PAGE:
Burial of Air Crew In Arlington National Cemetery – 19 November 1997

These young Americans were killed in the crash of their helicopter on April 6, 1972 while on a rescue mission in Quang Tri, South Vietnam (see story below).

Their bodies were subsequently recovered and identified in 1997 and they were laid to rest with full military honors, including a helicopter flyover, at Arlington National Cemetery.

Welcome home and rest in peace.

Allen Jones Avery
Tech Sergeant, United States Air Force
Born at Auburn, Massachusetts, February 22, 1943.


James Harold Alley
Sergeant, United States Air Force
Born at Plantation, Forida, September 18, 1949.


John Henry Call III
Captain, United States Air Force
Born at Potomac, Maryland, February 2, 1947.


Peter Hayden Chapman II
Captain, United States Air Force
Born at Centerburg, Ohio, August 26, 1940.


William Roy Pearson
Sergeant, United States Air Force
Born at Warner, New Hampshire, April 18, 1951.


Roy Dewitt Prater
Tech Sergeant, United States Air Force
Born at Tiffin, Ohio, July 1, 1936.


Thanks to Keith Barnes of Arlington National Cemetery for providing some of this information and for helping us to remember these brave young Americans.

Rest in Peace
Forever Young


Courtesy of 
United States Air Force Press Service

Twenty-five years after the longest search-and-rescue mission in Air Force history, two pararescuemen, a mechanic, photographer, pilot and co-pilot, were remembered November 19, 1997 for giving their lives trying to save others.

Six crewmen from Jolly Green 67, Captains John Call III and Peter Chapman II, Technical Sergeants Allen J. Avery, James Alley and Roy D. Prater, and Sergeant William R. Pearson, were honored at Arlington National Cemetery. Their remains were recently returned home from their fatal attempt to rescue a downed navigator in Vietnam; their helicopter crashed after being hit by enemy fire.

The object of their rescue attempt was Lieutenant Colonel Iceal Hambleton, whose call sign was Bat-21. He was flying aboard an EB-66 leading a B-52 bomber strike when his aircraft was struck by a surface-to-air missile. The only one to eject safely, Hambleton landed near a highway junction on a Communist supply route.

Intelligence sources reported 30,000 enemy troops in the area. On the fourth day of search-and-rescue operations, Jolly Green 67 went down. All aboard were lost.

Air Force, Army and Navy teams continued fighting for the next seven days to retrieve Hambleton before he was saved.

A quarter century later, the funeral service for the Jolly Green 67 crew began with a fly-over by two MH-53J Pave Low III helicopters from Hurlburt Field, Florida. The Air Force Honor Guard and Air Force Band from Bolling Air Force Base, Washington, D.C., also helped commemorate the event.

Among the mass of people at Arlington paying respects to the helicopter crew were red beret-wearing pararescuemen who honored their fallen comrades. The veterans also represented pararescuers who served in Southeast Asia and rescued more than 3,800 servicemembers during the war.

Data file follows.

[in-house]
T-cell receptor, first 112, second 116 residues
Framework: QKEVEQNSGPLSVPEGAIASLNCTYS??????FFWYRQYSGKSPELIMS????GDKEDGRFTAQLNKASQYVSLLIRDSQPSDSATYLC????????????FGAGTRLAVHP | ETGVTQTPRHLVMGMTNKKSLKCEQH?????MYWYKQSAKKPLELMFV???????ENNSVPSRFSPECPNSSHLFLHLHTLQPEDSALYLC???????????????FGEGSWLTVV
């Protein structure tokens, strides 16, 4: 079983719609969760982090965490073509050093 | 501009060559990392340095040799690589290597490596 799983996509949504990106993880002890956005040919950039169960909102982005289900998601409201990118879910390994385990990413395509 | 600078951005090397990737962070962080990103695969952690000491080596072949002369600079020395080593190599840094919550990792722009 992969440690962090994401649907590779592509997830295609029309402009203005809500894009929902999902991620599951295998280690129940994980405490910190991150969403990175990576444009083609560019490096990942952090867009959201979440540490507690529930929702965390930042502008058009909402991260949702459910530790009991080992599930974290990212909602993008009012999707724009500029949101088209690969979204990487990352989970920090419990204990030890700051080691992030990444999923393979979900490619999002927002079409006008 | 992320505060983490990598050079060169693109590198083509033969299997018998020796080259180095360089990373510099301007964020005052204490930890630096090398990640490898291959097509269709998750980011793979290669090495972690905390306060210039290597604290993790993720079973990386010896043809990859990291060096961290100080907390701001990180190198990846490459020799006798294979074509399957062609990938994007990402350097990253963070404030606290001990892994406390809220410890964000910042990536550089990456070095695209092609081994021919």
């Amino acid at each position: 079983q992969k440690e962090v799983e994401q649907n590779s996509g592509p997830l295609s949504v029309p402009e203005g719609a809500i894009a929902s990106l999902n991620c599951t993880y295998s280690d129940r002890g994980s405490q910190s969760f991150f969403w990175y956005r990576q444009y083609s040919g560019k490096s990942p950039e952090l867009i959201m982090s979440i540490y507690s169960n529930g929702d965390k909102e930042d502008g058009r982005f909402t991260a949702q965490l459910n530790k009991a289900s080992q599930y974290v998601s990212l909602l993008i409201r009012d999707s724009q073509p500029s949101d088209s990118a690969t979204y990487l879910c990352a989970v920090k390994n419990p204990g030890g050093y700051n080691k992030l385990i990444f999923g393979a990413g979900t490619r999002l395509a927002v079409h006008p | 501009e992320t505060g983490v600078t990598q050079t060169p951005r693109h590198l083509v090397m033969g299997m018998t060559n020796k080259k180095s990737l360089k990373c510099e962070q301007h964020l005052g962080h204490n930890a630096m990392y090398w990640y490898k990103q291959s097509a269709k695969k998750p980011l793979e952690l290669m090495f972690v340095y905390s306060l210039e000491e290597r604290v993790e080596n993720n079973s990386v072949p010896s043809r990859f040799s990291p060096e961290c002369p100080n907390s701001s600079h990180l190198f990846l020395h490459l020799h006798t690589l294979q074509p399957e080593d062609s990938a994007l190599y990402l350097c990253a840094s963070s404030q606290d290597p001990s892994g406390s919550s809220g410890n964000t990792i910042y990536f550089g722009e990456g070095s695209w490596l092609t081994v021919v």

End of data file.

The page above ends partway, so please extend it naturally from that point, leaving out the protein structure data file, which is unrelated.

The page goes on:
Among those who could not attend the funeral was Bat-21 himself; however, the 78-year-old Hambleton wrote about how much he appreciated the sacrifice of the Jolly Green 67 crew. Dan Manion, one of many pararescuemen who helped search for Hambleton, read the letter.

“This is a crew of real heroes,” Manion said. “They were doing what they had been trained to do. They deserve all the accolades that we, the living, can bestow upon them. Again, I thank them, I honor them, and I will always hold great faith in my heart with them.”

Colonel Mark Clark was a first lieutenant at the time of the Bat-21 search, and was the first to go in trying to extract Hambleton. But Clark's OV-10 was shot down, and he became part of the Bat-21 rescue. He, too, was saved. He attended the Arlington ceremony and addressed the Jolly Green 67 family members.

“Each of you played a distinct role and forming the character of these men who so willingly paid a very dear price to help me get out of the jungles of Vietnam,” he said. “You have my deepest sympathy — you and these six brave men.”


The United States Air Force Honor Guard Escorts The Six Young Men To Their Final Resting Place In Arlington National Cemetery.

Six Vietnam War Airmen Buried

By Mike Householder Associated Press Writer Thursday, November 20, 1997; 8:30 a.m. EST

WASHINGTON (AP) — With a helicopter flyby, the sounds of an Air Force band and Arlington National Cemetery as a backdrop, six airmen whose remains were missing in Vietnam have finally been honored.

More than 100 people turned out Wednesday for the service for the six, missing in action for 25 years. They were part of a rescue attempt that was recounted in the 1988 movie “Bat 21,” starring Gene Hackman and Danny Glover.

Lt. John Call, Potomac, Md.; Capt. Peter Chapman, Centerburg, Ohio; Sgt. James Alley, Plantation, Fla.; Sgt. Allen Avery, Auburn, Mass.; Sgt. Roy Prater, Tiffin, Ohio; and Sgt. William Pearson, Webster, N.H., were on a search-and-rescue operation aboard a Sikorsky HH-53 helicopter, named the “Jolly Green 67,” near Dong Ha, South Vietnam, on April 6, 1972. The crew was trying to rescue two downed airmen when the helicopter was shot down.

The airmen the crew was trying to rescue were later found alive.

One of the men saved in the operation, retired Lt. Col. Iceal “`Gene” Hambleton, sent a letter to be read at the service.

“It was the most terrible day I had ever lived,” Hambleton wrote. “I had to stand by and watch six young men die trying to save my life. Heroes, you bet they were.”

The other downed airman, retired Col. Mark Clark, who attended the service, echoed Hambleton's sentiments about those who died.

“Have no doubt,” Clark said.”`Those men were heroes.”


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